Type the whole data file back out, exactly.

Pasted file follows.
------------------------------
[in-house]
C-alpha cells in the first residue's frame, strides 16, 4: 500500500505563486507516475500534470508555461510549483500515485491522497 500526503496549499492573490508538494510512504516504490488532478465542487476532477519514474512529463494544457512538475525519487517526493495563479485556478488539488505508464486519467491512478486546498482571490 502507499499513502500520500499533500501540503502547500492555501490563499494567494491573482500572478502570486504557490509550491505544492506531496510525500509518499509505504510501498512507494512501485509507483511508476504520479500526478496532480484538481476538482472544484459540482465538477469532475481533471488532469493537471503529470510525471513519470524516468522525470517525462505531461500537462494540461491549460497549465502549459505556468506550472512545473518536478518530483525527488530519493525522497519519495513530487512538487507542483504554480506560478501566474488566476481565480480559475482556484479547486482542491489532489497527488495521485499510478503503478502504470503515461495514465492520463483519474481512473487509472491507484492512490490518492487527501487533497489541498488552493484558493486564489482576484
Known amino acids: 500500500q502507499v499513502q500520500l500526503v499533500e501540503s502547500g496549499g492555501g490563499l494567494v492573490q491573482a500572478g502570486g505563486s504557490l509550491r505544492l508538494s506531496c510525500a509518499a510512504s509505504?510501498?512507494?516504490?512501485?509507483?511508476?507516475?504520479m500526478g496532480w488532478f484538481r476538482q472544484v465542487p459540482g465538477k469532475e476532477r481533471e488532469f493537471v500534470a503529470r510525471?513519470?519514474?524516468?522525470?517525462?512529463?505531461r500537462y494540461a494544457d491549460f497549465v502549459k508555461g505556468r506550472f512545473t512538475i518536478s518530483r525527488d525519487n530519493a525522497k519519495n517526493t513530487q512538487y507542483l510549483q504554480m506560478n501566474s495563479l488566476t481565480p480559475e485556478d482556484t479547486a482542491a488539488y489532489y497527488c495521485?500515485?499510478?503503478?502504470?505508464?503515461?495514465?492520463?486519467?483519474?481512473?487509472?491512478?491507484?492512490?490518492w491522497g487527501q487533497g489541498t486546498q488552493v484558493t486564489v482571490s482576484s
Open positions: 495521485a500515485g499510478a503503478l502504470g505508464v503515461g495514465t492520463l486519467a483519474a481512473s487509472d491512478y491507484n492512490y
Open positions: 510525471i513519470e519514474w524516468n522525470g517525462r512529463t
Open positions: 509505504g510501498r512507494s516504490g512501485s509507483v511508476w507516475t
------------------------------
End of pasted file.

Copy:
[in-house]
C-alpha cells in the first residue's frame, strides 16, 4: 500500500505563486507516475500534470508555461510549483500515485491522497 500526503496549499492573490508538494510512504516504490488532478465542487476532477519514474512529463494544457512538475525519487517526493495563479485556478488539488505508464486519467491512478486546498482571490 502507499499513502500520500499533500501540503502547500492555501490563499494567494491573482500572478502570486504557490509550491505544492506531496510525500509518499509505504510501498512507494512501485509507483511508476504520479500526478496532480484538481476538482472544484459540482465538477469532475481533471488532469493537471503529470510525471513519470524516468522525470517525462505531461500537462494540461491549460497549465502549459505556468506550472512545473518536478518530483525527488530519493525522497519519495513530487512538487507542483504554480506560478501566474488566476481565480480559475482556484479547486482542491489532489497527488495521485499510478503503478502504470503515461495514465492520463483519474481512473487509472491507484492512490490518492487527501487533497489541498488552493484558493486564489482576484
Known amino acids: 500500500q502507499v499513502q500520500l500526503v499533500e501540503s502547500g496549499g492555501g490563499l494567494v492573490q491573482a500572478g502570486g505563486s504557490l509550491r505544492l508538494s506531496c510525500a509518499a510512504s509505504?510501498?512507494?516504490?512501485?509507483?511508476?507516475?504520479m500526478g496532480w488532478f484538481r476538482q472544484v465542487p459540482g465538477k469532475e476532477r481533471e488532469f493537471v500534470a503529470r510525471?513519470?519514474?524516468?522525470?517525462?512529463?505531461r500537462y494540461a494544457d491549460f497549465v502549459k508555461g505556468r506550472f512545473t512538475i518536478s518530483r525527488d525519487n530519493a525522497k519519495n517526493t513530487q512538487y507542483l510549483q504554480m506560478n501566474s495563479l488566476t481565480p480559475e485556478d482556484t479547486a482542491a488539488y489532489y497527488c495521485?500515485?499510478?503503478?502504470?505508464?503515461?495514465?492520463?486519467?483519474?481512473?487509472?491512478?491507484?492512490?490518492w491522497g487527501q487533497g489541498t486546498q488552493v484558493t486564489v482571490s482576484s
Open positions: 495521485a500515485g499510478a503503478l502504470g505508464v503515461g495514465t492520463l486519467a483519474a481512473s487509472d491512478y491507484n492512490y
Open positions: 510525471i513519470e519514474w524516468n522525470g517525462r512529463t
Open positions: 509505504g510501498r512507494s516504490g512501485s509507483v511508476w507516475t